Maternal Mental Health Month Day 2

When you see a mom in need, throw a rope.

What does it mean to “throw a rope?”  It means to help, lend support and let the mom know she is not alone.  This can happen in many forms.  But for today, a short story.  Several weeks ago, I walked into a library which has the entrance to the children’s room close to the main entrance.  As I walked in, a woman with two young children, a boy about 15-18 months old and a girl about 2 1/2- 3 years old was leaving the children’s room.  Her son, grabbed the small basket of cut up stickers on the circulation desk that the children are allowed to pick a sticker from and tossed the stickers across the entrance to the doorway.

We have all had something like this happen.  The woman dropped down and started picking up the stickers while also telling her son that he had to help clean up.  She was doing everything right by trying to teach him that what he did was not okay and that he was responsible for cleaning it up with help from mom.  Luckily her little girl just stood there and didn’t take the opportunity to wander off.

I had recently seen an article on Twitter about “throwing a rope”.  Now, the thing about throwing an actual rope to someone in need is that she has to grab the rope and use it to pull herself up.  In the proverbial manner, however, the rope can be thrown and “grabbed” through a simple acknowledgement and acceptance of assistance.  Pulling a mom up with a rope can happen internally by helping her feel less alone and less out of control in her situation.  So, I too dropped down, picked up stickers, encouraged her daughter to do so (which she did) and commented to the mom about how “we’ve all had things like this happen.”  The mom seemed overwhelmed, kept her head down, while trying to keep an eye on both kids, get her son to help clean up and clean up the mess herself.  After a couple moments, she looked up and thanked me for helping.  I imagine this was a delayed response once she was able to process some of what I was saying and was able to feel less embarrassed or frustrated with the situation.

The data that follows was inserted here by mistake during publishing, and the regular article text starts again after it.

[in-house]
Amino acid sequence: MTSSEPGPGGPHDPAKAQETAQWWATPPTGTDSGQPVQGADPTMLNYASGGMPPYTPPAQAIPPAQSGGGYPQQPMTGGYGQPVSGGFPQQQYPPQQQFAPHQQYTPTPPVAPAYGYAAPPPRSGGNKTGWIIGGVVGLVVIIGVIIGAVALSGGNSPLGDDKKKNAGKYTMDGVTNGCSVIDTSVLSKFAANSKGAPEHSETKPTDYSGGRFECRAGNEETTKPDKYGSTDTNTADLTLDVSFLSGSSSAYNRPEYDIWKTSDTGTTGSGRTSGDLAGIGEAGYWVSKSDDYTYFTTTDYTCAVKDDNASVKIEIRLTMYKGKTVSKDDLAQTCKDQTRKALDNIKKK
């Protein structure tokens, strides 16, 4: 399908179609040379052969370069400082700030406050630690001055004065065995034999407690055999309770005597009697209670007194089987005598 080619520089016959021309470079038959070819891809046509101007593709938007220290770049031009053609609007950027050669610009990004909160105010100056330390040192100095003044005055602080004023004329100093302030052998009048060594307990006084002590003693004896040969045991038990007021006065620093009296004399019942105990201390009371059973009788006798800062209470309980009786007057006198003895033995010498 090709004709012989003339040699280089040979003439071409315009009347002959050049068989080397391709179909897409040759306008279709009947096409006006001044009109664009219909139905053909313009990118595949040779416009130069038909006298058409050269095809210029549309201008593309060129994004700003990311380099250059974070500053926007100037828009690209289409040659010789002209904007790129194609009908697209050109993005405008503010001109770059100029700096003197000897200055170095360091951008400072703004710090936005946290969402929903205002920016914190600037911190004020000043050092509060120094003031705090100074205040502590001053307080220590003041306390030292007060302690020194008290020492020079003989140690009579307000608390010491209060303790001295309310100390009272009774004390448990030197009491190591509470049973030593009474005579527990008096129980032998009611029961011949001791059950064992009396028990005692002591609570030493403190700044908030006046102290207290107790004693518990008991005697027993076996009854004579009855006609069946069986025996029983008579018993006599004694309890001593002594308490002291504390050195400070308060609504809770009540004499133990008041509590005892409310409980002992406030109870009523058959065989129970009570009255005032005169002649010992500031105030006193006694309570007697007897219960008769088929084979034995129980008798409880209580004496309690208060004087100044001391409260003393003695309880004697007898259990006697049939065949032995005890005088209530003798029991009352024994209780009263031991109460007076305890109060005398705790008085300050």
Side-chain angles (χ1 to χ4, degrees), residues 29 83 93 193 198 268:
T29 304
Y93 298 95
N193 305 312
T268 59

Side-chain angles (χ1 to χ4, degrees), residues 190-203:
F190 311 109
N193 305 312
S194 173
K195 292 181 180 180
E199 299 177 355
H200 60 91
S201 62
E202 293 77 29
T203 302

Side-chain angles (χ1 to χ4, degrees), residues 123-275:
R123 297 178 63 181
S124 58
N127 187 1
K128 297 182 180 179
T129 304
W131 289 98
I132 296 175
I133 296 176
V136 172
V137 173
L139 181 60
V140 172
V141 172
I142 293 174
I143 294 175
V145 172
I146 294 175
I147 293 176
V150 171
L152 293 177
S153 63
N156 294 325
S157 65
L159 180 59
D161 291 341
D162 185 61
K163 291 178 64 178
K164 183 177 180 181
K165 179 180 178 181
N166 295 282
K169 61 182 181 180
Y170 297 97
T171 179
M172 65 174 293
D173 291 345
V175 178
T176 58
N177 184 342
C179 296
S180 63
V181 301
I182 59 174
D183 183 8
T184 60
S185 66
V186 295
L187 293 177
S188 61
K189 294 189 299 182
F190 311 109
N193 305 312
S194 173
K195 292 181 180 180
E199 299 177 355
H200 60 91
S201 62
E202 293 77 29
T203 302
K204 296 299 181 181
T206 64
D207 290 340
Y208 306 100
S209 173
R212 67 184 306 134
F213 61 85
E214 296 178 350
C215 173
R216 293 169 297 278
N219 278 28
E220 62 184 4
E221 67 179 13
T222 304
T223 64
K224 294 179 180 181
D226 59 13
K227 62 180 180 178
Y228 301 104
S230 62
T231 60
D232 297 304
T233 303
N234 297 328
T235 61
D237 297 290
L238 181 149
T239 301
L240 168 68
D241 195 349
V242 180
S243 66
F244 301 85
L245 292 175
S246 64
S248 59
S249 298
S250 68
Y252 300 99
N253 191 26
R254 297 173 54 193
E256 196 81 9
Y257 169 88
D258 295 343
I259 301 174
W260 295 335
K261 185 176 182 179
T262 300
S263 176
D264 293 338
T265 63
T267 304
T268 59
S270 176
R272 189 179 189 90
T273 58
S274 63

It is situations like this that I believe are imperative to moms supporting one another.  This mom is now more likely to help another mom, even if it’s just with a reassuring or knowing smile or kind words.  A few kind words and a couple minutes of time can go a long way towards making someone feel less alone or less self-conscious.  When you see a mom (or any caretaker) in need, throw a rope.  I assure you it will pull them up in ways you may not be able to see.

About Carpe Diem Counseling LLC

I am a licensed clinical social worker whose practice specializes in working with women (and their families) during the pregnancy and postpartum time period. Please contact me if you believe you or someone in your life is experiencing a Perinatal or Postpartum mental health issue. I also work with any adults experiencing a life change and struggling with the challenges and adjustments they are encountering. Addressing our struggles in life happens one day at a time. There is no wrong time to get help.
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